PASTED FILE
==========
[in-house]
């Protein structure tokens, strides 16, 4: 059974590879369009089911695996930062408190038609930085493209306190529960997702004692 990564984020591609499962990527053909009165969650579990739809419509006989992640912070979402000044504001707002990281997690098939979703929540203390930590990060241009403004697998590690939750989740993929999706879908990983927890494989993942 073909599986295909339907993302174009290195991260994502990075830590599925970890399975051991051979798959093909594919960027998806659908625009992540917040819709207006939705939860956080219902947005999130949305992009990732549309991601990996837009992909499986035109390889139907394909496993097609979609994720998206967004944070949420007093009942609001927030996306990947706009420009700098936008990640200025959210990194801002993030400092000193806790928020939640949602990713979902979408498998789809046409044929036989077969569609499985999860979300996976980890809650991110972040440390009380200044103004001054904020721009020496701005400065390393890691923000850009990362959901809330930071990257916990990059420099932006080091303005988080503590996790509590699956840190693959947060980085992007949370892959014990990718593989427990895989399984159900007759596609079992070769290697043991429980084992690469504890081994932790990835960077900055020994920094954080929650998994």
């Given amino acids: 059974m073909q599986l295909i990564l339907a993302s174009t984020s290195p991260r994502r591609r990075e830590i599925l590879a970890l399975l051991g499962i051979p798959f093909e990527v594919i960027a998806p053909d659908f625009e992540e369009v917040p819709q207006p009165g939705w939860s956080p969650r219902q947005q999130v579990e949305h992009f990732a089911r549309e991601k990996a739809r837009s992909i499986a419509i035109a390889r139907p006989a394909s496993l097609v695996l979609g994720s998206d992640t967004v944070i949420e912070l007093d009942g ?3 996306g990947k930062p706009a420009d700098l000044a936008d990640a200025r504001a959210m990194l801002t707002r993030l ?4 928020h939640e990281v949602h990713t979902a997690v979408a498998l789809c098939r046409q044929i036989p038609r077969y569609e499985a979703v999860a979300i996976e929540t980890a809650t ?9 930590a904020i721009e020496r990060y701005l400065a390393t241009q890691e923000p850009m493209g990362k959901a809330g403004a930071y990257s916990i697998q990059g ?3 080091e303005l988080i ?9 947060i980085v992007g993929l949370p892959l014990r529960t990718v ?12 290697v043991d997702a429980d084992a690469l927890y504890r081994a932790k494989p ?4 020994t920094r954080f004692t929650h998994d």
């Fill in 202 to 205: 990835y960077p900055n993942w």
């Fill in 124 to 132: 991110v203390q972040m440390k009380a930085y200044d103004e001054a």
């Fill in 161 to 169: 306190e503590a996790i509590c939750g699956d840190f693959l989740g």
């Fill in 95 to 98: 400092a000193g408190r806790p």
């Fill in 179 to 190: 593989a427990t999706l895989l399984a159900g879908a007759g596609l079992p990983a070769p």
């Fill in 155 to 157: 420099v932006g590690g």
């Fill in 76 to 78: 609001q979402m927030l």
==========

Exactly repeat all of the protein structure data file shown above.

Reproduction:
[in-house]
């Protein structure tokens, strides 16, 4: 059974590879369009089911695996930062408190038609930085493209306190529960997702004692 990564984020591609499962990527053909009165969650579990739809419509006989992640912070979402000044504001707002990281997690098939979703929540203390930590990060241009403004697998590690939750989740993929999706879908990983927890494989993942 073909599986295909339907993302174009290195991260994502990075830590599925970890399975051991051979798959093909594919960027998806659908625009992540917040819709207006939705939860956080219902947005999130949305992009990732549309991601990996837009992909499986035109390889139907394909496993097609979609994720998206967004944070949420007093009942609001927030996306990947706009420009700098936008990640200025959210990194801002993030400092000193806790928020939640949602990713979902979408498998789809046409044929036989077969569609499985999860979300996976980890809650991110972040440390009380200044103004001054904020721009020496701005400065390393890691923000850009990362959901809330930071990257916990990059420099932006080091303005988080503590996790509590699956840190693959947060980085992007949370892959014990990718593989427990895989399984159900007759596609079992070769290697043991429980084992690469504890081994932790990835960077900055020994920094954080929650998994």
């Given amino acids: 059974m073909q599986l295909i990564l339907a993302s174009t984020s290195p991260r994502r591609r990075e830590i599925l590879a970890l399975l051991g499962i051979p798959f093909e990527v594919i960027a998806p053909d659908f625009e992540e369009v917040p819709q207006p009165g939705w939860s956080p969650r219902q947005q999130v579990e949305h992009f990732a089911r549309e991601k990996a739809r837009s992909i499986a419509i035109a390889r139907p006989a394909s496993l097609v695996l979609g994720s998206d992640t967004v944070i949420e912070l007093d009942g ?3 996306g990947k930062p706009a420009d700098l000044a936008d990640a200025r504001a959210m990194l801002t707002r993030l ?4 928020h939640e990281v949602h990713t979902a997690v979408a498998l789809c098939r046409q044929i036989p038609r077969y569609e499985a979703v999860a979300i996976e929540t980890a809650t ?9 930590a904020i721009e020496r990060y701005l400065a390393t241009q890691e923000p850009m493209g990362k959901a809330g403004a930071y990257s916990i697998q990059g ?3 080091e303005l988080i ?9 947060i980085v992007g993929l949370p892959l014990r529960t990718v ?12 290697v043991d997702a429980d084992a690469l927890y504890r081994a932790k494989p ?4 020994t920094r954080f004692t929650h998994d």
């Fill in 202 to 205: 990835y960077p900055n993942w």
């Fill in 124 to 132: 991110v203390q972040m440390k009380a930085y200044d103004e001054a």
């Fill in 161 to 169: 306190e503590a996790i509590c939750g699956d840190f693959l989740g």
């Fill in 95 to 98: 400092a000193g408190r806790p």
């Fill in 179 to 190: 593989a427990t999706l895989l399984a159900g879908a007759g596609l079992p990983a070769p």
């Fill in 155 to 157: 420099v932006g590690g």
């Fill in 76 to 78: 609001q979402m927030l």